There is a difference between graffiti and art, at least according to the cops. Luckily, when spray-painting a wall, it's easy to escape the law if you already have permission from the building's owner. This is the case with a group of graffiti artists in Cincinnati who embellish the outside walls of WIZARD COMPUTERS (4024 Hamilton Ave.) on a regular basis.
The owner of Wizard, Tim Williams, allows the group to paint the walls every few months.
"I don't consider it graffiti," he told me.
"I consider it art."
Williams then went on somewhat of a rant about how the cops try to mess with the artists. But he tells the police that he owns the building and the artists can do what they want.
The left wall is mainly large paintings of the artists' tag names and a very strange and very purple half-dog, half-ogre creature.
The right wall is a much lighter scene consisting of bizarre monster children ambling about a hill, carelessly trying to catch lightning bugs. On the right side of the scene, a rhinoceros monster, wearing a skull and crossbones shirt that says "FOLK HERO," has captured a very frightened lightning bug in a jar.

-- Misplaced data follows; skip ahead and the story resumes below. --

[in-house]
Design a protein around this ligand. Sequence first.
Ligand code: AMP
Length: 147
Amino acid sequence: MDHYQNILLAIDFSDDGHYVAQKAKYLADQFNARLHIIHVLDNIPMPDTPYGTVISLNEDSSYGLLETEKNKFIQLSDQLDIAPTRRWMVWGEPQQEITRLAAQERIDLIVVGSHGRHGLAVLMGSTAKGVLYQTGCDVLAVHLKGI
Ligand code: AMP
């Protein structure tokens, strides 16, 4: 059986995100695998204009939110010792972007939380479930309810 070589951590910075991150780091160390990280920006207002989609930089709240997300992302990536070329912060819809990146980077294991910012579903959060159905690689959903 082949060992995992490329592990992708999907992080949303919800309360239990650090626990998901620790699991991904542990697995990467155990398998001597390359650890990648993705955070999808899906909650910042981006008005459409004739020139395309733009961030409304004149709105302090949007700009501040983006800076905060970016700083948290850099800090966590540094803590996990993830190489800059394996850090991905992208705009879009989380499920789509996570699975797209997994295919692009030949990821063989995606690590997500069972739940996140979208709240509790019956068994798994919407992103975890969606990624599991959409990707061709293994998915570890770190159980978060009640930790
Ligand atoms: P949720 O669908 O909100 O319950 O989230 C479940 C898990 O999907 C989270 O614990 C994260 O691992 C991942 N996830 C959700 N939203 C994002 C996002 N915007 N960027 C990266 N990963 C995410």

Moving left through a series of lightning bugs, adorable creatures and landscapes, the scene ends on a cute, clumsy elephant-type child holding a net, trying to catch a smirking lightning bug. Sadly, the elephant child stands at the edge of a cliff and the lightning bug is just out of reach. There are definite advantages to having wings.
Wizard Computers sidewalls contain one of the most beautiful spray-paint pieces I've ever seen. Williams understandably wouldn't give out the names of the artists, but he did inform me that one of them flew in from Brazil solely to work on this piece.
More legally painted walls by this crew can be found all around the city, including a piece on Bader Street in Camp Washington.
FOCAL POINT turns a critical lens on a singular work of art. Through Focal Point we slow down, reflect on one work and provide a longer look.